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story.lead_photo.caption Wisconsin state Senate president Roger Roth asks U.S. Secretary of State Mike Pompeo a question Wednesday during a meeting with Republican legislators in Madison. (AP/Wisconsin State Journal/John Hart)

MADISON, Wis. -- Secretary of State Mike Pompeo warned Wednesday that China was attempting to influence state and local governments, including through seemingly innocuous sister-city agreements, delivering the message in the presidential battleground state of Wisconsin.

"Telling the truth about China isn't partisan," Pompeo said to an audience of Republican lawmakers and guests who were spread out across the Wisconsin Senate chamber. "It's principled. And it protects our people."

Pompeo's visit to the Wisconsin Capitol less than six weeks before the election was a first for a secretary of state. His stop came after Attorney General William Barr was in Milwaukee on Tuesday and Vice President Mike Pence was scheduled to be in Eau Claire today.

Wisconsin is a battleground state that President Donald Trump won by fewer than 23,000 votes in 2016. Polls show a tight race again this year and both the president and Democrat challenger Joe Biden, as well as their surrogates, have made campaigning in Wisconsin a priority.

Trump, Pompeo and other officials have blamed China for the spread of the coronavirus, and have imposed sanctions against Chinese officials over human rights and other issues, including Hong Kong, Tibet and Taiwan.

In addition to penalties levied against individual Chinese, the administration ordered the Chinese Consulate in Houston to close -- drawing a similar action from China -- earlier this year after accusing it of being a nest of Chinese spies engaged in industrial espionage and intellectual-property theft.

Pompeo warned that sister-city programs, including in Wisconsin, fall under a program that's part of the Chinese government's "overseas propaganda." He called it "not so friendly to American interests."

Pompeo also cautioned lawmakers that when approached by a Chinese diplomat, "it is likely not in the spirit of true cooperation or friendship." He urged lawmakers to investigate who is paying for any trip to China they may be offered once covid-19 travel restrictions are lifted.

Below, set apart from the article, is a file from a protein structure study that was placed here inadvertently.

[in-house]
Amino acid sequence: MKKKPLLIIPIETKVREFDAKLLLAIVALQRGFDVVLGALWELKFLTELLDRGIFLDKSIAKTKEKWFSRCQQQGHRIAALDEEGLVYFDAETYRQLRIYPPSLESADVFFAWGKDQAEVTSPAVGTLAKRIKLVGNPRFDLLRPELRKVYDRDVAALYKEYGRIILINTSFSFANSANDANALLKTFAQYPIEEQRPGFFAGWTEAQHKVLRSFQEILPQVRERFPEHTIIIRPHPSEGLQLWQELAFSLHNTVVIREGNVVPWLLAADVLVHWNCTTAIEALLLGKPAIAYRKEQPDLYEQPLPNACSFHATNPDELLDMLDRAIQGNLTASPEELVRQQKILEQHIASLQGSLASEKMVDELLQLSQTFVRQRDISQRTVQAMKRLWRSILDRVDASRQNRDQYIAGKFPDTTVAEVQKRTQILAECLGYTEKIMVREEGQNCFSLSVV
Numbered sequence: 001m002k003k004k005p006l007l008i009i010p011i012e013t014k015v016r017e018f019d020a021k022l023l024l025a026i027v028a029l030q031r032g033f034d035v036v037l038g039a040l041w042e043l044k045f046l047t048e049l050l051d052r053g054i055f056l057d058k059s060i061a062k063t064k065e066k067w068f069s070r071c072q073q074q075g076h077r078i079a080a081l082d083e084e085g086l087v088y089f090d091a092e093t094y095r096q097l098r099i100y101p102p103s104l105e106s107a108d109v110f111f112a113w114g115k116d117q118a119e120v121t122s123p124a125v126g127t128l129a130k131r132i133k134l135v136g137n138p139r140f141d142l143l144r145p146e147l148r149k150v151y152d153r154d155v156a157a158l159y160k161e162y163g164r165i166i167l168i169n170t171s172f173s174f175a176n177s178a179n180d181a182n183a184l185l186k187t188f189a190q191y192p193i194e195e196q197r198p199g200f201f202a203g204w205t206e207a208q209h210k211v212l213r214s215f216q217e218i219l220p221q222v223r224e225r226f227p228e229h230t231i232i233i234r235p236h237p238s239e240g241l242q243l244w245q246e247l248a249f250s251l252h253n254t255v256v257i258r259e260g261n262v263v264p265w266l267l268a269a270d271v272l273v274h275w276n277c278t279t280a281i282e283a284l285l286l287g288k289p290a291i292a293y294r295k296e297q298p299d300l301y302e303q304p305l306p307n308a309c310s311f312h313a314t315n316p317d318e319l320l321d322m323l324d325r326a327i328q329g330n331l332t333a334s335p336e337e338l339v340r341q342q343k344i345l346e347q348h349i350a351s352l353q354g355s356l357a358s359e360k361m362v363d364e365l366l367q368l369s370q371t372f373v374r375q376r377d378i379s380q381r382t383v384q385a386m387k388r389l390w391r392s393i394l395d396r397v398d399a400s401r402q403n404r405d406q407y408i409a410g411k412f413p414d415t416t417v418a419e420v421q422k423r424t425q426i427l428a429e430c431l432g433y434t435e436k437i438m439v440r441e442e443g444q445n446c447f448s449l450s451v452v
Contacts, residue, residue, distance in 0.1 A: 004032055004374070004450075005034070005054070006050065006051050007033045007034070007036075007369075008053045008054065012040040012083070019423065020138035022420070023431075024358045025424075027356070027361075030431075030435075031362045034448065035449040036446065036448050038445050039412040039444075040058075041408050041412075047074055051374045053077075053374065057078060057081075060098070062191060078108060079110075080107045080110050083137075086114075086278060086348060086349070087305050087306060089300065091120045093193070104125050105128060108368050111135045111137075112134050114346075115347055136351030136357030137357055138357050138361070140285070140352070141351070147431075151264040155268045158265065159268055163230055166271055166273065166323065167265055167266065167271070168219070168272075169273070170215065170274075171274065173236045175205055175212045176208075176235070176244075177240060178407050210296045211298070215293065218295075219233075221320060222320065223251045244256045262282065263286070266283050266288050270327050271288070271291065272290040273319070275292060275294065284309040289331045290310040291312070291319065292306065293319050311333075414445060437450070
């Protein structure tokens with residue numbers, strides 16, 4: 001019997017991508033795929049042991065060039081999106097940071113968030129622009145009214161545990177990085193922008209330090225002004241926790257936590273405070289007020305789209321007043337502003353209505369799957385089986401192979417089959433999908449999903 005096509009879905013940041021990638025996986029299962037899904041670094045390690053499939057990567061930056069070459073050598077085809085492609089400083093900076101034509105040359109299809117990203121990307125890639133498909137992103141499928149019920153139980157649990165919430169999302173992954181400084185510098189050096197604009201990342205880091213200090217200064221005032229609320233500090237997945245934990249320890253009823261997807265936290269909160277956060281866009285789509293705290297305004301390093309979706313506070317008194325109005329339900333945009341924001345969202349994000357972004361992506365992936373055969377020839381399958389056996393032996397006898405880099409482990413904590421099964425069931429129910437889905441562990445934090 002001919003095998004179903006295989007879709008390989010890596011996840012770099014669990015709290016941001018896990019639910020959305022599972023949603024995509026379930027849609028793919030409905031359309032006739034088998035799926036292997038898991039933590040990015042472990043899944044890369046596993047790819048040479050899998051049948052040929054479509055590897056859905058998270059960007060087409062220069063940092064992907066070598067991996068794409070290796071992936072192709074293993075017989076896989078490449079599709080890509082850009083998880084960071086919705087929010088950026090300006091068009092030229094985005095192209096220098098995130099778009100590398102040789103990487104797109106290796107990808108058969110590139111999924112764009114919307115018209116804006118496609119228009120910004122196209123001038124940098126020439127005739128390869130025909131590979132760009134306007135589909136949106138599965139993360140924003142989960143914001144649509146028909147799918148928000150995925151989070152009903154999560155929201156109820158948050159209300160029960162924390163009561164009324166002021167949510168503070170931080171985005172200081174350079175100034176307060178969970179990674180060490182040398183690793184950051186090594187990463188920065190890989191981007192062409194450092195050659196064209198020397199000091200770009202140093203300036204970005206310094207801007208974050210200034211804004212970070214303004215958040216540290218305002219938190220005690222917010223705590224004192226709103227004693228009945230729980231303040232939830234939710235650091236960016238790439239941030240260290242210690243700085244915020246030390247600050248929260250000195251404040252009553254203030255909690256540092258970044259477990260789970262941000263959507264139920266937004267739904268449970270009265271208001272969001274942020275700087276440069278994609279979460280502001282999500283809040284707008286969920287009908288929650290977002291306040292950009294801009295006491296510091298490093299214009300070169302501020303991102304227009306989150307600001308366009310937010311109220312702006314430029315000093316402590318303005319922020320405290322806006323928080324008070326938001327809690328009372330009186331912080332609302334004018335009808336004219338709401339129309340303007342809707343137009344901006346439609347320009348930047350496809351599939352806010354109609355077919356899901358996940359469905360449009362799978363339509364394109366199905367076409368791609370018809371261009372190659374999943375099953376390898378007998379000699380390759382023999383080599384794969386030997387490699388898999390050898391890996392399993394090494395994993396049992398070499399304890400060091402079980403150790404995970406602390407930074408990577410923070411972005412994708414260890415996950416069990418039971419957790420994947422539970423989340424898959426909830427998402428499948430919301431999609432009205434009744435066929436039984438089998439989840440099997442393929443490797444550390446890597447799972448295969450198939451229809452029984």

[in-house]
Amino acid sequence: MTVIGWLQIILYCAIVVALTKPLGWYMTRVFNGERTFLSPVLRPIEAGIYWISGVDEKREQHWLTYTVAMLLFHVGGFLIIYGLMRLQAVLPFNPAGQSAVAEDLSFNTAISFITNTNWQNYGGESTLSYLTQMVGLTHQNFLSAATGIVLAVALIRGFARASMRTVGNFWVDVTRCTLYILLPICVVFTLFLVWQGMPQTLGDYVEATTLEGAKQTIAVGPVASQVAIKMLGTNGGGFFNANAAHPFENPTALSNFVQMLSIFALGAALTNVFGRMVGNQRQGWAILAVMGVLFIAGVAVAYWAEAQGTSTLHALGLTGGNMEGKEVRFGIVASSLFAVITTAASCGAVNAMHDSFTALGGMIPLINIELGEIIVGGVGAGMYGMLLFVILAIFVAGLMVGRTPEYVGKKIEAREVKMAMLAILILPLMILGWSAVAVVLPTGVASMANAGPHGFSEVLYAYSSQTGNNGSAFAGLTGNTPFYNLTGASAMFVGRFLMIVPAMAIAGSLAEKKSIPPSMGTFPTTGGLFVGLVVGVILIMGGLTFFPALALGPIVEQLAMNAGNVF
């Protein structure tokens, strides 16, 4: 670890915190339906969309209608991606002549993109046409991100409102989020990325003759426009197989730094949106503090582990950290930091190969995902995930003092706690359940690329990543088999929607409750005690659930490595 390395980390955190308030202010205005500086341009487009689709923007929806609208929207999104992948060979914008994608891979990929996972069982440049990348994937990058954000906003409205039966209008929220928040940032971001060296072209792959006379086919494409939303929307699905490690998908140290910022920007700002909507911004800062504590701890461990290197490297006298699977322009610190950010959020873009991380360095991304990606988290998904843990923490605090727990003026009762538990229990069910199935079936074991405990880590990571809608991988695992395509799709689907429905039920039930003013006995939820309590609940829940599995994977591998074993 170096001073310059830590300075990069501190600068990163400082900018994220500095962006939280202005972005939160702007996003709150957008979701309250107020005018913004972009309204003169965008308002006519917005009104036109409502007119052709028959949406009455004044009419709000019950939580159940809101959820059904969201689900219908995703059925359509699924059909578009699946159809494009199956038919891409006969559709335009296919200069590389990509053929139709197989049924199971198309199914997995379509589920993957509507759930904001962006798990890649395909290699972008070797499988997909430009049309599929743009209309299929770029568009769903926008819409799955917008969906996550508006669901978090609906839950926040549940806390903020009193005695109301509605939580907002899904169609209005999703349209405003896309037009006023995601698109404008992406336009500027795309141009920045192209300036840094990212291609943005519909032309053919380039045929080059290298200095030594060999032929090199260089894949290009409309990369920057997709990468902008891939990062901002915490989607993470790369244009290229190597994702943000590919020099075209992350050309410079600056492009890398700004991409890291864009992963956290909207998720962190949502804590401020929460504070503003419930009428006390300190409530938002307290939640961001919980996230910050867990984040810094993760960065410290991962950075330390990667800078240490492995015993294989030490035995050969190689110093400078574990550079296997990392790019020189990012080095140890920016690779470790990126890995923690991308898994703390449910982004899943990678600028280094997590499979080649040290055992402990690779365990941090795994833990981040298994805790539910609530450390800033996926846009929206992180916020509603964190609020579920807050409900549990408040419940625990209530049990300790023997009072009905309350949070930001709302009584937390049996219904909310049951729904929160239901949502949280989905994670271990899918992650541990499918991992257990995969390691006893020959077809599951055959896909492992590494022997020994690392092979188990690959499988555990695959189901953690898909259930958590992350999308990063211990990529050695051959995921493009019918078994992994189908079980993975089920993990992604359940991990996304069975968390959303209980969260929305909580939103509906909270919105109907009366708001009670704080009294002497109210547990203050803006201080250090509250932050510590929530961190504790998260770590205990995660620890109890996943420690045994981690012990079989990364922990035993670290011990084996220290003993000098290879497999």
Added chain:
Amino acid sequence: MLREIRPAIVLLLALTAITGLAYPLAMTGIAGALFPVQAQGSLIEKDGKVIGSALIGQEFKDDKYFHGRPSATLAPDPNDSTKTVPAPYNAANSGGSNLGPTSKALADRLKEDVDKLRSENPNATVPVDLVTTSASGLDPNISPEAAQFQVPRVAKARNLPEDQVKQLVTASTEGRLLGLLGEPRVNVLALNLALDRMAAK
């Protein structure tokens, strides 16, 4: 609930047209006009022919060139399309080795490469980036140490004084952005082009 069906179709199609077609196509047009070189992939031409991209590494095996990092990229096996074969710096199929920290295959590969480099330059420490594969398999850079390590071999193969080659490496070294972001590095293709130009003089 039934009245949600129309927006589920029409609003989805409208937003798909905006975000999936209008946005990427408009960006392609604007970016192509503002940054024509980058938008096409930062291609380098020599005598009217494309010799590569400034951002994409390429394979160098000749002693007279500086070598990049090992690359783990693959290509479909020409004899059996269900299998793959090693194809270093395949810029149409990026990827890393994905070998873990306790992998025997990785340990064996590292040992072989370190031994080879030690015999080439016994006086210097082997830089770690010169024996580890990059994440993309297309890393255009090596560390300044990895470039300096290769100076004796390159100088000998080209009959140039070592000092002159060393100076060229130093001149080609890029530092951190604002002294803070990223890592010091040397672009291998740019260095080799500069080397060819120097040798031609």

He said that Democrats and Republicans together "have a friend in the Trump administration" to help push back against China's efforts.

Pompeo was there at the invitation of Republican Senate President Roger Roth, who had spoken with Pompeo about a request he received from Chinese officials earlier this year to pass a resolution praising the Chinese government for its response to the coronavirus.

Pompeo said Roth was right to delete the email and treat it as a hoax. Pompeo cited it as part of a wide-ranging public relations campaign by Chinese officials. He said that what happened to Roth was happening in statehouses across the country. Pompeo said the Chinese government has a "much more sinister vision of engagement" than other foreign governments, with the goal of making Americans more receptive to its form of authoritarianism.

After his address, Pompeo took questions from Roth that had been submitted in advance by Republican state lawmakers.

Information for this article was contributed by Matthew Lee of The Associated Press.

Secretary of State Mike Pompeo speaks during a question and answer sessions with state Republican legislators in the Senate chamber of the Wisconsin State Capitol in Madison, Wis. Wednesday, Sept. 23, 2020. (John Hart/Wisconsin State Journal via AP)
Secretary of State Mike Pompeo speaks during a question and answer sessions with state Republican legislators in the Senate chamber of the Wisconsin State Capitol in Madison, Wis. Wednesday, Sept. 23, 2020. (John Hart/Wisconsin State Journal via AP)
Secretary of State Mike Pompeo delivers remarks during a speaking appearance with state Republican legislators in the Senate chamber of the Wisconsin State Capitol in Madison, Wis. Wednesday, Sept. 23, 2020. (John Hart/Wisconsin State Journal via AP)
Secretary of State Mike Pompeo delivers remarks during a speaking appearance with state Republican legislators in the Senate chamber of the Wisconsin State Capitol in Madison, Wis. Wednesday, Sept. 23, 2020. (John Hart/Wisconsin State Journal via AP)
Secretary of State Mike Pompeo , right, is greeted by Wisconsin Senate President Roger Roth, R-Appleton, during a speaking engagement with state Republican legislators in the Senate chamber of the Wisconsin State Capitol in Madison, Wis. Wednesday, Sept. 23, 2020. (John Hart/Wisconsin State Journal via AP)
Secretary of State Mike Pompeo , right, is greeted by Wisconsin Senate President Roger Roth, R-Appleton, during a speaking engagement with state Republican legislators in the Senate chamber of the Wisconsin State Capitol in Madison, Wis. Wednesday, Sept. 23, 2020. (John Hart/Wisconsin State Journal via AP)
Secretary of State Mike Pompeo talks during a question and answer sessions with state Republican legislators in the Senate chamber of the Wisconsin State Capitol in Madison, Wis. Wednesday, Sept. 23, 2020. (John Hart/Wisconsin State Journal via AP)
Secretary of State Mike Pompeo talks during a question and answer sessions with state Republican legislators in the Senate chamber of the Wisconsin State Capitol in Madison, Wis. Wednesday, Sept. 23, 2020. (John Hart/Wisconsin State Journal via AP)
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